Seamless Service Delivery to All Customers
For carriers, the bottom line is the ability to cost-effectively deliver a complete range of competitive services over a seamless footprint that reaches out to all users – whether served by central offices or by remote terminals. The rollout of new services such as DSL and video-over-DSL can be stalled when a large number of interested subscribers must be turned away because they are connected to RTs that can't handle broadband service delivery. Unresolved gaps in either the carrier’s service offerings or in the service footprint can lead to customer dissatisfaction and subscriber churn, as end users shop around for other alternatives.

Broadband Loop Carriers resolve this dilemma by fundamentally integrating POTS and DSL, from the ground up, within the remote terminal environment – at costs approaching POTS-only solutions. Network management is greatly simplified because all services can be provisioned and managed under a common software environment. Operational costs are significantly reduced through elimination of unnecessary truck rolls to remote terminal locations, and customer satisfaction is enhanced by more rapid response to new service requests.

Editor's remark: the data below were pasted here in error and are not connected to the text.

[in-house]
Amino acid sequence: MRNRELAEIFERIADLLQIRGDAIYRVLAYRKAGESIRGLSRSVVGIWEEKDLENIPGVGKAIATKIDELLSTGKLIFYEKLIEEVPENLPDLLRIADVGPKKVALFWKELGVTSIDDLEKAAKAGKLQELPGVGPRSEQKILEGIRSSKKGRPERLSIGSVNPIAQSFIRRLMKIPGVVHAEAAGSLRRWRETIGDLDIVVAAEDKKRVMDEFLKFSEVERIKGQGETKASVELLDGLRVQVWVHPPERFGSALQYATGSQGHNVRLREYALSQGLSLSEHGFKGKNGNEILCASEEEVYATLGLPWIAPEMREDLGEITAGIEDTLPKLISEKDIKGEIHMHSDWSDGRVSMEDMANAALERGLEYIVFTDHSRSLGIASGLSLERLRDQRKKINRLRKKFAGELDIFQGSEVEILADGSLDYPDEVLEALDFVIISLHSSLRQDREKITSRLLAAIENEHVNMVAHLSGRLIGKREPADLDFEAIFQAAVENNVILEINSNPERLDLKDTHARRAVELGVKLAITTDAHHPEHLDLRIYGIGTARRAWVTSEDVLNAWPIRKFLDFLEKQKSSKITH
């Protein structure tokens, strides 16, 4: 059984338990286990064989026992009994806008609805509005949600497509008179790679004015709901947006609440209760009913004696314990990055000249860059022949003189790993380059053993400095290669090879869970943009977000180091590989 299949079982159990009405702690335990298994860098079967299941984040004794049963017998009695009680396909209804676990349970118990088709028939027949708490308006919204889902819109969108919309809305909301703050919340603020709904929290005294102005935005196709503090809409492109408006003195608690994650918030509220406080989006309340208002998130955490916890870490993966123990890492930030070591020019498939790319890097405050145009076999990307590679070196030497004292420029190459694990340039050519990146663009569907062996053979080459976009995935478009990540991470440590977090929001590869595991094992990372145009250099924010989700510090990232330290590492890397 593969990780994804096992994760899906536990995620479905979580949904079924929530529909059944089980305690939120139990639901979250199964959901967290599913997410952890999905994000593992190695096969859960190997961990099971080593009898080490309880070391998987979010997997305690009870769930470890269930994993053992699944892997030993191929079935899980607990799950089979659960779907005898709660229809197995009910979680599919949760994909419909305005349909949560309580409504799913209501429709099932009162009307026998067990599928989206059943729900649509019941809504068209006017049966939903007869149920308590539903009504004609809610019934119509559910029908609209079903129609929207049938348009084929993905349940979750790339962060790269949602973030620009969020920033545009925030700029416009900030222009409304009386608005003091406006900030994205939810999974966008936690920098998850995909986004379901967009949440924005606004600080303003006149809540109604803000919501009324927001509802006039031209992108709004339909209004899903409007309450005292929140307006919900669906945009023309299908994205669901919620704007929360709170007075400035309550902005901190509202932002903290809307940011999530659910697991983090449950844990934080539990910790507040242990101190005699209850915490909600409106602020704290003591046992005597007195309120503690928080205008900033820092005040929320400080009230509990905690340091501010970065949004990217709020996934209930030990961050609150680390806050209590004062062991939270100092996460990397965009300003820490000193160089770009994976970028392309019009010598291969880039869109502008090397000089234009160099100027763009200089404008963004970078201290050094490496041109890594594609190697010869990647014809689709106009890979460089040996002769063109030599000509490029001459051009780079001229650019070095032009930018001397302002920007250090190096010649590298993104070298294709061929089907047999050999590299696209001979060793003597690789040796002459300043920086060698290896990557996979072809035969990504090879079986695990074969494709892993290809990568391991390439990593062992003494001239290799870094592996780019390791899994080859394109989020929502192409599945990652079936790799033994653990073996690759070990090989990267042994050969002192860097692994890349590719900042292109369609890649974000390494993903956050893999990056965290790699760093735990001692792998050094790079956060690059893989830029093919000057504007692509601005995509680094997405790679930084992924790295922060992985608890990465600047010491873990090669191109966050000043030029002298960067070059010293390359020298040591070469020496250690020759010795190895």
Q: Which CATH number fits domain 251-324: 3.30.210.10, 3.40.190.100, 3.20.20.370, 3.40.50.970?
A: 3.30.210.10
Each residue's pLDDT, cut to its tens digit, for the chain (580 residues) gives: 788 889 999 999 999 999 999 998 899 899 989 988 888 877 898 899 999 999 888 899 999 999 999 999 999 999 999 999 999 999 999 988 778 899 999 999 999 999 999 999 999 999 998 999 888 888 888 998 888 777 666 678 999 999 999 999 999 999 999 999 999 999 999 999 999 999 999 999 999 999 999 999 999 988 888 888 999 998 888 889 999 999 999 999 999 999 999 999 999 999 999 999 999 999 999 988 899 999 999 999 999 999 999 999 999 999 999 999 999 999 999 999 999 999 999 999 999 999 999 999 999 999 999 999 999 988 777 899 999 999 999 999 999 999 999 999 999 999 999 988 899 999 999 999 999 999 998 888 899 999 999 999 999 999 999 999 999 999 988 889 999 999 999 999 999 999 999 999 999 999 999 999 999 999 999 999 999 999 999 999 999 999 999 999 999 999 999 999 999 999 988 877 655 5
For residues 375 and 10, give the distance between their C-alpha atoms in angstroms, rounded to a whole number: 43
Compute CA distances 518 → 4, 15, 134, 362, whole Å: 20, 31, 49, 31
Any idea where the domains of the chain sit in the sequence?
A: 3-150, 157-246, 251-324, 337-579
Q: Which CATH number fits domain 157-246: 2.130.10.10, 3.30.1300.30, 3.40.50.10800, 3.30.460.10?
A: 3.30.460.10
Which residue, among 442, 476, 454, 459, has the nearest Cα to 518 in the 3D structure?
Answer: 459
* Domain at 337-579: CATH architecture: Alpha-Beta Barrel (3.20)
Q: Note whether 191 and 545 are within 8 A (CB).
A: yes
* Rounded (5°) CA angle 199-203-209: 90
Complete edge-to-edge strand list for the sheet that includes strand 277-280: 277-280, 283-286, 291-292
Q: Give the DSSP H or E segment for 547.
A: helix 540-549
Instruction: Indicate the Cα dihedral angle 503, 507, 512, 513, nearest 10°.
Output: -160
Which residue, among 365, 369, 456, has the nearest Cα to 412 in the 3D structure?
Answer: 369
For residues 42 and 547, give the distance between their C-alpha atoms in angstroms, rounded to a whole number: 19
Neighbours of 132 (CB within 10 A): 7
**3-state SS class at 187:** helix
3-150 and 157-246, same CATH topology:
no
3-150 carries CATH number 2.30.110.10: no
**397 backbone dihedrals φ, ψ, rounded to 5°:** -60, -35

BLC architectures are designed to fit into existing circuit-switched networks and to provide line-by-line, software-managed migration to packet-based networks. These architectures provide the bridge for immediate, mass-market delivery of broadband and the foundation for migrating to converged public networks. BLC deployments not only solve today’s RT bottleneck; they also help carriers cost-effectively evolve their networks to support new, value-added services and maintain their competitive edge.

For more information, please contact:
Malcolm Loro:   mloro@catena.com